abstract = "Objective: (1) To evaluate the feasibility of conducting a randomized controlled trial (RCT) of the Safety, Meaning, Activation and Resilience Training (SMART) intervention vs nondirective supportive psychotherapy (NDSP) in an acutely hospitalized adult survivor of burn injury sample; and (2) to assess the preliminary effect of SMART on acute stress disorder (ASD), posttraumatic stress disorder (PTSD), and major depressive disorder (MDD) symptom reduction as secondary prevention. Design: Proof-of-concept, parallel group RCT design. Setting: Regional burn center. Participants: Acutely injured, hospitalized adult survivors of burn injury (N=50) were randomly assigned to SMART (n=28) or nondirective supportive psychotherapy (n=22). Due to dropout and missing data, final sample size was 40, SMART (n=21) and nondirective supportive psychotherapy (n=19). Interventions: SMART is a manualized, 4-session cognitive behavioral therapy-based psychological intervention targeting ASD, PTSD, and MDD symptoms. NDSP is a manualized, 4-session protocol. Main Outcome Measures: Davidson Trauma Scale ([DTS]; diagnostic proxy for ASD and PTSD; clinical cutoff=40, with higher score=higher severity) and the Patient Health Questionnaire-9 ([PHQ-9]; diagnostic proxy for MDD; clinical cutoff=10, with higher score=higher severity) at pretreatment, immediate posttreatment, and 1 month posttreatment. Results: At baseline, median DTS scores and PHQ-9 scores were above clinical cutoffs and did not differ across groups. At 1 week and 1 month posttreatment, median DTS and PHQ-9 scores were beneath clinical cutoffs in the SMART group; scores remained above clinical cutoffs in the NDSP group at these time points. Conclusions: It is feasible to conduct an RCT of SMART in hospitalized adult survivors of burn injury. SMART has the potential to yield clinically significant outcomes. Additional studies are needed to replicate and extend these findings.",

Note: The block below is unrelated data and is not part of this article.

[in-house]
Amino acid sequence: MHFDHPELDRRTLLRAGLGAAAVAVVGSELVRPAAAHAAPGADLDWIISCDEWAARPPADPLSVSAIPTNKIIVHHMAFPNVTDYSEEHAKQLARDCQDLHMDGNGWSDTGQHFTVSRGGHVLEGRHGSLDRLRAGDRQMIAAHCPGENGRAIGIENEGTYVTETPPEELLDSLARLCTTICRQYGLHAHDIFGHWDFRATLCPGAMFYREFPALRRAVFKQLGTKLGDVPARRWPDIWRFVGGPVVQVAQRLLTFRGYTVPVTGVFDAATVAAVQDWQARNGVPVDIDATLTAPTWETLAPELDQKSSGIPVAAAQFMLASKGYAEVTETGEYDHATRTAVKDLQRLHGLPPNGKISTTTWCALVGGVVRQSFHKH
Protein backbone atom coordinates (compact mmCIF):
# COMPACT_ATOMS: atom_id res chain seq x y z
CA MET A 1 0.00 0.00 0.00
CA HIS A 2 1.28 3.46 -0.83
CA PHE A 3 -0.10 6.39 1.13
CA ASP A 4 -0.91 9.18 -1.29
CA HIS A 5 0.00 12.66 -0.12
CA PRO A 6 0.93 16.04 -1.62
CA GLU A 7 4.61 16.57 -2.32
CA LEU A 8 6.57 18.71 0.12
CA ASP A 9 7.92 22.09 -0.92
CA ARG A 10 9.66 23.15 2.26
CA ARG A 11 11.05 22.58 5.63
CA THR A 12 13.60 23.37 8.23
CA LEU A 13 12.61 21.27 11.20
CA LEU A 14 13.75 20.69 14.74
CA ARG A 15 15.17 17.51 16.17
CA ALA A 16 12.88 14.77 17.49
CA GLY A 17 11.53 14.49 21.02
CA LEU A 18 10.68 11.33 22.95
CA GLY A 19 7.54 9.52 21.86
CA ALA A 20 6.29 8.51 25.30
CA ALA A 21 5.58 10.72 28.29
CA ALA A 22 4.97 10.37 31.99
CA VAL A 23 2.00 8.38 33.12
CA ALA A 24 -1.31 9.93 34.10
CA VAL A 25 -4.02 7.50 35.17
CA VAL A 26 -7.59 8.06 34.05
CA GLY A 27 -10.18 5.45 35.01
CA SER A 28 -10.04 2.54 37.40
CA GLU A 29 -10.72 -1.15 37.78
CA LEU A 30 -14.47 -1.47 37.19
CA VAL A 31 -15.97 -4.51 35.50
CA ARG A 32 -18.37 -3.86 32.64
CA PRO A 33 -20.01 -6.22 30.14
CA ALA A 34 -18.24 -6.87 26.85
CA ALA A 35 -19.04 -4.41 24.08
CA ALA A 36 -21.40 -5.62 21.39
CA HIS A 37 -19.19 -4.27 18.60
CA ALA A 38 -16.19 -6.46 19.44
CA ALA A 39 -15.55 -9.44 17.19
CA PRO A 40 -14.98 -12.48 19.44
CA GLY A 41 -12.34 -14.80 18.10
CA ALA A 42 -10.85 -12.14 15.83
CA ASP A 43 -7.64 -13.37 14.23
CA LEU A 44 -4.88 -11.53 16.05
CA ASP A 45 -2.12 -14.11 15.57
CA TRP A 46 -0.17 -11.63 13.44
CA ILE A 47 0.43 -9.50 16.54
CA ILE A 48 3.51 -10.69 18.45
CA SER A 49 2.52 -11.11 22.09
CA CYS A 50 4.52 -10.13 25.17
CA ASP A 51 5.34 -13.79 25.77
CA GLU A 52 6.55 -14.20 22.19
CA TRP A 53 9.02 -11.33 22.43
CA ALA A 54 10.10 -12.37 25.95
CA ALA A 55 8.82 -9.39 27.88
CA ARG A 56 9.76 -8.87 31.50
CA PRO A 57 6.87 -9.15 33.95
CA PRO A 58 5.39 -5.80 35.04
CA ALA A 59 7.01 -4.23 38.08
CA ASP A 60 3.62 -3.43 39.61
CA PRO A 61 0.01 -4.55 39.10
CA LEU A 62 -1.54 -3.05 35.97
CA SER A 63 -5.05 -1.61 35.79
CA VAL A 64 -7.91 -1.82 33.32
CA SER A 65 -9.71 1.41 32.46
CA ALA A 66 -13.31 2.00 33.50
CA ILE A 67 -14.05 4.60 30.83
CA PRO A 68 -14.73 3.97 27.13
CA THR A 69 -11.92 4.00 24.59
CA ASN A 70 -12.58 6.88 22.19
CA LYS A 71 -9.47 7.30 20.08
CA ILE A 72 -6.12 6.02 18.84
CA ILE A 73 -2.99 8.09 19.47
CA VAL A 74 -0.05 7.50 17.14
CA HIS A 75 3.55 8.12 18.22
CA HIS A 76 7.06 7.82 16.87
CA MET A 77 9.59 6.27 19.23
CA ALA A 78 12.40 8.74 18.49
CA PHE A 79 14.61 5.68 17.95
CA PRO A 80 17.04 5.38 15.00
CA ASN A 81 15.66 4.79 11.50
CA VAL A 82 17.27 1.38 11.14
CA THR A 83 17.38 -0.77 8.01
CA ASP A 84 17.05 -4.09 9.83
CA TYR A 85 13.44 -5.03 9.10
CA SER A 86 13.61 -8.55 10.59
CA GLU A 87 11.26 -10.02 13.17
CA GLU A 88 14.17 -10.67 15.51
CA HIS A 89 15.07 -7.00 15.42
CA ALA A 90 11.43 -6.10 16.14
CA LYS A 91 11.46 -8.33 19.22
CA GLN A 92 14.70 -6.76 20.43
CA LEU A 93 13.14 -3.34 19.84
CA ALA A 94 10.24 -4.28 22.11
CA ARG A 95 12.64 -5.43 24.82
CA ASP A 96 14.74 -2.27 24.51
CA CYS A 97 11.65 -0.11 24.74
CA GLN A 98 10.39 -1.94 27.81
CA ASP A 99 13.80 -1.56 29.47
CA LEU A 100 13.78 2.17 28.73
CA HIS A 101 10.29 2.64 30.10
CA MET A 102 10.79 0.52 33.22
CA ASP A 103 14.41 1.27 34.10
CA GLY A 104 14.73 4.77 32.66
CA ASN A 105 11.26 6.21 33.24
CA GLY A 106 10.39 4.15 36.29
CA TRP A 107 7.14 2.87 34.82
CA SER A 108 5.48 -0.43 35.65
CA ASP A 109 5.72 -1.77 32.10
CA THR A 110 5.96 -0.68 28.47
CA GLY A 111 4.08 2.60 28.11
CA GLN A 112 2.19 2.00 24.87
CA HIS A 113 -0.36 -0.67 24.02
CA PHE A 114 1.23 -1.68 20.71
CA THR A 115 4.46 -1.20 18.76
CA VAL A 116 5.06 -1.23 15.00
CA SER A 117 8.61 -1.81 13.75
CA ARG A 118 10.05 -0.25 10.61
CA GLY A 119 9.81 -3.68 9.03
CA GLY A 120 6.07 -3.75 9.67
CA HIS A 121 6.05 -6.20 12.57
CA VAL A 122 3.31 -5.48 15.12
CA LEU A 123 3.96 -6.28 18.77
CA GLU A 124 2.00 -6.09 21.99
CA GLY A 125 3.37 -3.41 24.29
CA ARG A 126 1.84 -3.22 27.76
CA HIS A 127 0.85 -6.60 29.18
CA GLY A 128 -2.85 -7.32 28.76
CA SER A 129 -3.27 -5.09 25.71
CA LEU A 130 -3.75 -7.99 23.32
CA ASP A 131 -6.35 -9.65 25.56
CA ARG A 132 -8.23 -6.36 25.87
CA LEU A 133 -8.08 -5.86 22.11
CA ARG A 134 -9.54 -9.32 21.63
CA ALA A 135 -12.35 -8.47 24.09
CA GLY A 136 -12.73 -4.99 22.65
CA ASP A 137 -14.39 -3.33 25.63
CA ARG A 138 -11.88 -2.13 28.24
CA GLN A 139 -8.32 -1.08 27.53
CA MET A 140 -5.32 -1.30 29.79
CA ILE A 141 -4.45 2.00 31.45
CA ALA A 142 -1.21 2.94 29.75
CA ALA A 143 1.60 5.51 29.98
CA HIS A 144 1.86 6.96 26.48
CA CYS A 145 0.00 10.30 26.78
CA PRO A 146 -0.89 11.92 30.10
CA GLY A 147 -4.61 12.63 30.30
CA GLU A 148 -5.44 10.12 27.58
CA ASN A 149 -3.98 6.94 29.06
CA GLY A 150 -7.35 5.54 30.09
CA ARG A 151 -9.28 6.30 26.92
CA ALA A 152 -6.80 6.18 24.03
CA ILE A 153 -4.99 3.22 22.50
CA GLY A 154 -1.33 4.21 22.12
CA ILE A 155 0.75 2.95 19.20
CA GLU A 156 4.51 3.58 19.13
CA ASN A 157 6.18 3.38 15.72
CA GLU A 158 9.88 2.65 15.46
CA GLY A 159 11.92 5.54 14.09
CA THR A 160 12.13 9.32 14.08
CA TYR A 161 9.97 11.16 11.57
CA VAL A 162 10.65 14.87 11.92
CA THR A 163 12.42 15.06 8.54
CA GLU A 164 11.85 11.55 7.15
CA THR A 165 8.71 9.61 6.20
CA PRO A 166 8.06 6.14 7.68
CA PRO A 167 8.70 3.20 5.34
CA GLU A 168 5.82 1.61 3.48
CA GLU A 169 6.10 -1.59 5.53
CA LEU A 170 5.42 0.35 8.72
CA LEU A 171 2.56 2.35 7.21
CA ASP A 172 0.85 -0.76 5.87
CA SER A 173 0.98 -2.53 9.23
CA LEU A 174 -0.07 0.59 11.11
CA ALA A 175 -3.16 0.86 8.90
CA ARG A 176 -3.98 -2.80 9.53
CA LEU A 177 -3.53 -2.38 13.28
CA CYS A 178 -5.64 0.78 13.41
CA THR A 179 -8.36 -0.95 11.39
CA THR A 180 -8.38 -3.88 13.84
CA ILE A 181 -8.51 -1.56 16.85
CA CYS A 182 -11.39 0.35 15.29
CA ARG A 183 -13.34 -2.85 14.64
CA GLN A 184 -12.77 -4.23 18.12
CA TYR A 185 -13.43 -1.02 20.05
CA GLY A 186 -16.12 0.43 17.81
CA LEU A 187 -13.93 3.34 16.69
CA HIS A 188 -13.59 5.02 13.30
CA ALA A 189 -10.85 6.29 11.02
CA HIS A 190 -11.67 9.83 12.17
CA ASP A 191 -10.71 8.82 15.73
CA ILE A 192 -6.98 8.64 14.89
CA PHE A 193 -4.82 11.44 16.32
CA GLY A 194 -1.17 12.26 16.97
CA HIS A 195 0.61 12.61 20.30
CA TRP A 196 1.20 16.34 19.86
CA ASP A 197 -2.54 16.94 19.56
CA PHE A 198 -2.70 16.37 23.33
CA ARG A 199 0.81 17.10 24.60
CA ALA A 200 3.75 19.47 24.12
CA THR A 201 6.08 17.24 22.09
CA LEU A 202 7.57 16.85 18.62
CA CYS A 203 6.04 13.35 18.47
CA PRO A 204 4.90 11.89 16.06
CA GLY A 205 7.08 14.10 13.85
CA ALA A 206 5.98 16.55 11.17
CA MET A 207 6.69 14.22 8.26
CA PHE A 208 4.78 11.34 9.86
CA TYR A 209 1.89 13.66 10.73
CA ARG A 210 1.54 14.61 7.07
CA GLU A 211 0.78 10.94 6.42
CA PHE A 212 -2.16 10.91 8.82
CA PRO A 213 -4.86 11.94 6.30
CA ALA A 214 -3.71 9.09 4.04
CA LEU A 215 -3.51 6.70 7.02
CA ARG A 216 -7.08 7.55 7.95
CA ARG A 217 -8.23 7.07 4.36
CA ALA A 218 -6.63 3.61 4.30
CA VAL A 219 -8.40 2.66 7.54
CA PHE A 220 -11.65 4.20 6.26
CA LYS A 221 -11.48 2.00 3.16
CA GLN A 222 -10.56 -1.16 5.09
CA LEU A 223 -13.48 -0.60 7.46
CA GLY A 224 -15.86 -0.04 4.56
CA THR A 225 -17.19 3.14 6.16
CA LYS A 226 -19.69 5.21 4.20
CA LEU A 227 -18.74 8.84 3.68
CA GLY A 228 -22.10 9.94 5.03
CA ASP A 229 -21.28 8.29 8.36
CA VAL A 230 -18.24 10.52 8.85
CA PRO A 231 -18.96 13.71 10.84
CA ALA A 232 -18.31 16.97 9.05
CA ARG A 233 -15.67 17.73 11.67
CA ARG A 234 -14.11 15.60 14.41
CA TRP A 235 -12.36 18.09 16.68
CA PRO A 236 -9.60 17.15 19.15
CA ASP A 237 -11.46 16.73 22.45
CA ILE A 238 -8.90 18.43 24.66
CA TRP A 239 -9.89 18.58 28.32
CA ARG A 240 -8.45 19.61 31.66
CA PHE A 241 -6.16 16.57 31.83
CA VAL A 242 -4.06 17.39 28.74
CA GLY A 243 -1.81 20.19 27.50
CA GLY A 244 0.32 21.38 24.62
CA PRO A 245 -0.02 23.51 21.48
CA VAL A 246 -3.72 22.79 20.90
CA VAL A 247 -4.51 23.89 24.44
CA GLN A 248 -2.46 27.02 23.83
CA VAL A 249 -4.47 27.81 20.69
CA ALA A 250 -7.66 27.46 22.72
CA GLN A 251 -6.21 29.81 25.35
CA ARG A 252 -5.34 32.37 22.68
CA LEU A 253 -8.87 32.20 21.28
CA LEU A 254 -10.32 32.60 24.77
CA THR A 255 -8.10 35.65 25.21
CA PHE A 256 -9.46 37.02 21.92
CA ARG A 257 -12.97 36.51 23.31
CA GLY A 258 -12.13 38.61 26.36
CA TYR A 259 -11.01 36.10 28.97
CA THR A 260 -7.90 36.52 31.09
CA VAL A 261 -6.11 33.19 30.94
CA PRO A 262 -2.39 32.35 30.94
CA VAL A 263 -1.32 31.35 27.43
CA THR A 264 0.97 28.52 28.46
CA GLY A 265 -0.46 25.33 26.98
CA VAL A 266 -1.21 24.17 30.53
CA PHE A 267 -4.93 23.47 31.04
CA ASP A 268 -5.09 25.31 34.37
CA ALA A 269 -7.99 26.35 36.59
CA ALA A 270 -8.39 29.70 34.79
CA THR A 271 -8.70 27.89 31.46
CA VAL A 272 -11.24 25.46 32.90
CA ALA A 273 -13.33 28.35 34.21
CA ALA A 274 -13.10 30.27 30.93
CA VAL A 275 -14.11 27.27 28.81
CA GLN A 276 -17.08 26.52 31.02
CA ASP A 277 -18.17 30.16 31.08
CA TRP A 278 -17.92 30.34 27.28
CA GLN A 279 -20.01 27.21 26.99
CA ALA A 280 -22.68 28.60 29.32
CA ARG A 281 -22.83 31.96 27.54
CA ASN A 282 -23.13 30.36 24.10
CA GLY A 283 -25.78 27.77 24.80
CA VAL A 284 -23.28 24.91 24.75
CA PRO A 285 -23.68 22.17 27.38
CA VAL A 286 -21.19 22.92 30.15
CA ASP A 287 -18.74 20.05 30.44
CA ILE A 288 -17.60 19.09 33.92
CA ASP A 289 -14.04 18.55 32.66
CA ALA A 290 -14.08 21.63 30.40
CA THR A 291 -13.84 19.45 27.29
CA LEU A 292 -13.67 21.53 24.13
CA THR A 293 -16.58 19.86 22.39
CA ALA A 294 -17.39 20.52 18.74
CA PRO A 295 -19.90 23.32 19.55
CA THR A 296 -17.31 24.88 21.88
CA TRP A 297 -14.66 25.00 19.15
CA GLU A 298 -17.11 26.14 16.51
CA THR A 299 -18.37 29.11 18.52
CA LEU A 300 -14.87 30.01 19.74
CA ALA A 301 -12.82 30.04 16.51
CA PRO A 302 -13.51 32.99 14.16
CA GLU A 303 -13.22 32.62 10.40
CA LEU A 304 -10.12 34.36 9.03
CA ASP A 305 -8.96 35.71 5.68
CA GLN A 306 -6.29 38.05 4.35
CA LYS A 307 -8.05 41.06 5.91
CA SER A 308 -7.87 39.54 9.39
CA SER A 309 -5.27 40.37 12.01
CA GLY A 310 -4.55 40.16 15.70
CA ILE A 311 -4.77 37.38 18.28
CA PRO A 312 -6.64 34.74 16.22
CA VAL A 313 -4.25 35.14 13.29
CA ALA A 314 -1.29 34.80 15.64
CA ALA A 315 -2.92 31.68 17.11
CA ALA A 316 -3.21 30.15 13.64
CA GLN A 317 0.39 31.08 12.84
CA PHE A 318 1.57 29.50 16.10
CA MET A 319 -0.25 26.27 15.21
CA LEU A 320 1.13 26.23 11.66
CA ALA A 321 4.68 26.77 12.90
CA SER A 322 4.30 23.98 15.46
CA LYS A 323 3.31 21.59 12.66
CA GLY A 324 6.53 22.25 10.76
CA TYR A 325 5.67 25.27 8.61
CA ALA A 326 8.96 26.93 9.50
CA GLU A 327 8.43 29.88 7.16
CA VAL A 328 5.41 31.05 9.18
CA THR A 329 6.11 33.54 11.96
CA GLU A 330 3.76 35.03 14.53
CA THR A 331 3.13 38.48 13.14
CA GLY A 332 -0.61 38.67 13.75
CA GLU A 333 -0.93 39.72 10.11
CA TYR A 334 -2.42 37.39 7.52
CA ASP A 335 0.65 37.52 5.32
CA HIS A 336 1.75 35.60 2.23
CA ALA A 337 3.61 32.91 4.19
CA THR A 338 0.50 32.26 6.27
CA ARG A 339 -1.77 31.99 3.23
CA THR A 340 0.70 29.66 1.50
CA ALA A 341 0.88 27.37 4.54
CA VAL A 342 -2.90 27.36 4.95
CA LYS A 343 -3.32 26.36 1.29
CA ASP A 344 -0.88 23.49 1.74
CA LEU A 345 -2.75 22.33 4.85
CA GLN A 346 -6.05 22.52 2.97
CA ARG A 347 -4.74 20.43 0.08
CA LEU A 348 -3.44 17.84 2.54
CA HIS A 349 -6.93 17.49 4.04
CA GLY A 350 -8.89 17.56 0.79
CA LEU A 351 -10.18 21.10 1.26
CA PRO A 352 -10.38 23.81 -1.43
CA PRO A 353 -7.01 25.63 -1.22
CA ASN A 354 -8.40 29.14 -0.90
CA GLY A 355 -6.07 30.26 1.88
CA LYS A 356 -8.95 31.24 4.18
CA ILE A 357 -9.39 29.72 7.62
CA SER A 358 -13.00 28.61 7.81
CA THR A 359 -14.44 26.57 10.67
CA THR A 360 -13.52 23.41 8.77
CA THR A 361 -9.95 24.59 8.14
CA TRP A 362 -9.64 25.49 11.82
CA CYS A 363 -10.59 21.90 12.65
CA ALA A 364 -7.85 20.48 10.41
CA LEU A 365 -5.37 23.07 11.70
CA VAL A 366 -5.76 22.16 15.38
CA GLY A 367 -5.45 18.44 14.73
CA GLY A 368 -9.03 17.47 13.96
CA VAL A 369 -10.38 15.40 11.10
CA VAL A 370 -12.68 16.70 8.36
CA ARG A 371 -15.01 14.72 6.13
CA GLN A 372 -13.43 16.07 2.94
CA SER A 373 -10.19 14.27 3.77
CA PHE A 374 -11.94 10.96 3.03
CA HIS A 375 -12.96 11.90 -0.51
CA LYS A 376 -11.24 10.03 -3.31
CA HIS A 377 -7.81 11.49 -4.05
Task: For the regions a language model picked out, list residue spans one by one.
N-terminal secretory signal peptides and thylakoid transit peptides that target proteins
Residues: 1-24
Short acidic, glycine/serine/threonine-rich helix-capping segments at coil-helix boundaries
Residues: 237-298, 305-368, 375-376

keywords = "Acute stress disorder, Cognitive behavioral therapy, Depression, Depressive disorder, Rehabilitation, Stress disorders, post-traumatic, Stress disorders, traumatic, acute",
author = "Fauerbach, {James A} and Gehrke, {Amanda K.} and Mason, {Shawn T.} and Gould, {Neda F} and Milner, {Stephen M.} and Julie Caffrey",
year = "2019",
month = "1",
day = "1",
doi = "10.1016/j.apmr.2018.11.027",
language = "English (US)",
journal = "Archives of Physical Medicine and Rehabilitation",
issn = "0003-9993",
publisher = "W.B. Saunders Ltd",

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T1 - Cognitive Behavioral Treatment for Acute Posttrauma Distress

T2 - A Randomized, Controlled Proof-of-Concept Study Among Hospitalized Adults With Burns

AU - Fauerbach, James A

AU - Gehrke, Amanda K.

AU - Mason, Shawn T.

AU - Gould, Neda F

AU - Milner, Stephen M.

AU - Caffrey, Julie

PY - 2019/1/1

Y1 - 2019/1/1